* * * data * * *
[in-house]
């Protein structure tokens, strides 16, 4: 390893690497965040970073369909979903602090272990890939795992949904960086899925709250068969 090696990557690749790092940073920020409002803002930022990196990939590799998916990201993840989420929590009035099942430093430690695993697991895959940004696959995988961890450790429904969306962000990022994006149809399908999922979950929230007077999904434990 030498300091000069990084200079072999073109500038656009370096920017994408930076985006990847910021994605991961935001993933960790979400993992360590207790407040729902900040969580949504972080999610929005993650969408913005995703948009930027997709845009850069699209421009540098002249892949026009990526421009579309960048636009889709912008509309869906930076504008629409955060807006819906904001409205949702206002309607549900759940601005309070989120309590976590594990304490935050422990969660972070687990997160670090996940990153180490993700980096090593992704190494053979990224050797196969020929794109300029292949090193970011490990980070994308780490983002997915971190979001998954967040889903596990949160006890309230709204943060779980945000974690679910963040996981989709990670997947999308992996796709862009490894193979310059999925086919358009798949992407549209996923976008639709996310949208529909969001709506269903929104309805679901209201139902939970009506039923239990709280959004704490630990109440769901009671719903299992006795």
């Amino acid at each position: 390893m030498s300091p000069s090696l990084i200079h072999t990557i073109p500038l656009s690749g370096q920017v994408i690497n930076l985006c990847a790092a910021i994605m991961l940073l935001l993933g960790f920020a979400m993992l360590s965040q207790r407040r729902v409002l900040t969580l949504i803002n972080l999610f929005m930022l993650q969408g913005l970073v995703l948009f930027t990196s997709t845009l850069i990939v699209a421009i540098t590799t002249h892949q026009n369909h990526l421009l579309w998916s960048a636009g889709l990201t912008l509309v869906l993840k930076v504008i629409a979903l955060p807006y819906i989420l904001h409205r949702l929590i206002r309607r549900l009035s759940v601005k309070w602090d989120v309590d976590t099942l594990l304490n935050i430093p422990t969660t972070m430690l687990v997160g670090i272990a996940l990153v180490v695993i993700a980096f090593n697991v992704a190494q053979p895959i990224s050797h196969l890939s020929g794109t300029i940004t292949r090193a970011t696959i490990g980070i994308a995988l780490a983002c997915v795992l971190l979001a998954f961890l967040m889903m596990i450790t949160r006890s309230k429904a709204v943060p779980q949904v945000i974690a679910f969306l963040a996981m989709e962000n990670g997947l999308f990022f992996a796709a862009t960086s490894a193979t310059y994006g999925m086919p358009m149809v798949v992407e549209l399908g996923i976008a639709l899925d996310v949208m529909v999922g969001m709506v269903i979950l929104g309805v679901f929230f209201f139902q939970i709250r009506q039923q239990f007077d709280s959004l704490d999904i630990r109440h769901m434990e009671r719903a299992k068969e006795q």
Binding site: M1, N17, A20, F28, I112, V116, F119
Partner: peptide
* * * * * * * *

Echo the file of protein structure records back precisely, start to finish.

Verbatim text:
[in-house]
């Protein structure tokens, strides 16, 4: 390893690497965040970073369909979903602090272990890939795992949904960086899925709250068969 090696990557690749790092940073920020409002803002930022990196990939590799998916990201993840989420929590009035099942430093430690695993697991895959940004696959995988961890450790429904969306962000990022994006149809399908999922979950929230007077999904434990 030498300091000069990084200079072999073109500038656009370096920017994408930076985006990847910021994605991961935001993933960790979400993992360590207790407040729902900040969580949504972080999610929005993650969408913005995703948009930027997709845009850069699209421009540098002249892949026009990526421009579309960048636009889709912008509309869906930076504008629409955060807006819906904001409205949702206002309607549900759940601005309070989120309590976590594990304490935050422990969660972070687990997160670090996940990153180490993700980096090593992704190494053979990224050797196969020929794109300029292949090193970011490990980070994308780490983002997915971190979001998954967040889903596990949160006890309230709204943060779980945000974690679910963040996981989709990670997947999308992996796709862009490894193979310059999925086919358009798949992407549209996923976008639709996310949208529909969001709506269903929104309805679901209201139902939970009506039923239990709280959004704490630990109440769901009671719903299992006795």
């Amino acid at each position: 390893m030498s300091p000069s090696l990084i200079h072999t990557i073109p500038l656009s690749g370096q920017v994408i690497n930076l985006c990847a790092a910021i994605m991961l940073l935001l993933g960790f920020a979400m993992l360590s965040q207790r407040r729902v409002l900040t969580l949504i803002n972080l999610f929005m930022l993650q969408g913005l970073v995703l948009f930027t990196s997709t845009l850069i990939v699209a421009i540098t590799t002249h892949q026009n369909h990526l421009l579309w998916s960048a636009g889709l990201t912008l509309v869906l993840k930076v504008i629409a979903l955060p807006y819906i989420l904001h409205r949702l929590i206002r309607r549900l009035s759940v601005k309070w602090d989120v309590d976590t099942l594990l304490n935050i430093p422990t969660t972070m430690l687990v997160g670090i272990a996940l990153v180490v695993i993700a980096f090593n697991v992704a190494q053979p895959i990224s050797h196969l890939s020929g794109t300029i940004t292949r090193a970011t696959i490990g980070i994308a995988l780490a983002c997915v795992l971190l979001a998954f961890l967040m889903m596990i450790t949160r006890s309230k429904a709204v943060p779980q949904v945000i974690a679910f969306l963040a996981m989709e962000n990670g997947l999308f990022f992996a796709a862009t960086s490894a193979t310059y994006g999925m086919p358009m149809v798949v992407e549209l399908g996923i976008a639709l899925d996310v949208m529909v999922g969001m709506v269903i979950l929104g309805v679901f929230f209201f139902q939970i709250r009506q039923q239990f007077d709280s959004l704490d999904i630990r109440h769901m434990e009671r719903a299992k068969e006795q």
Binding site: M1, N17, A20, F28, I112, V116, F119
Partner: peptide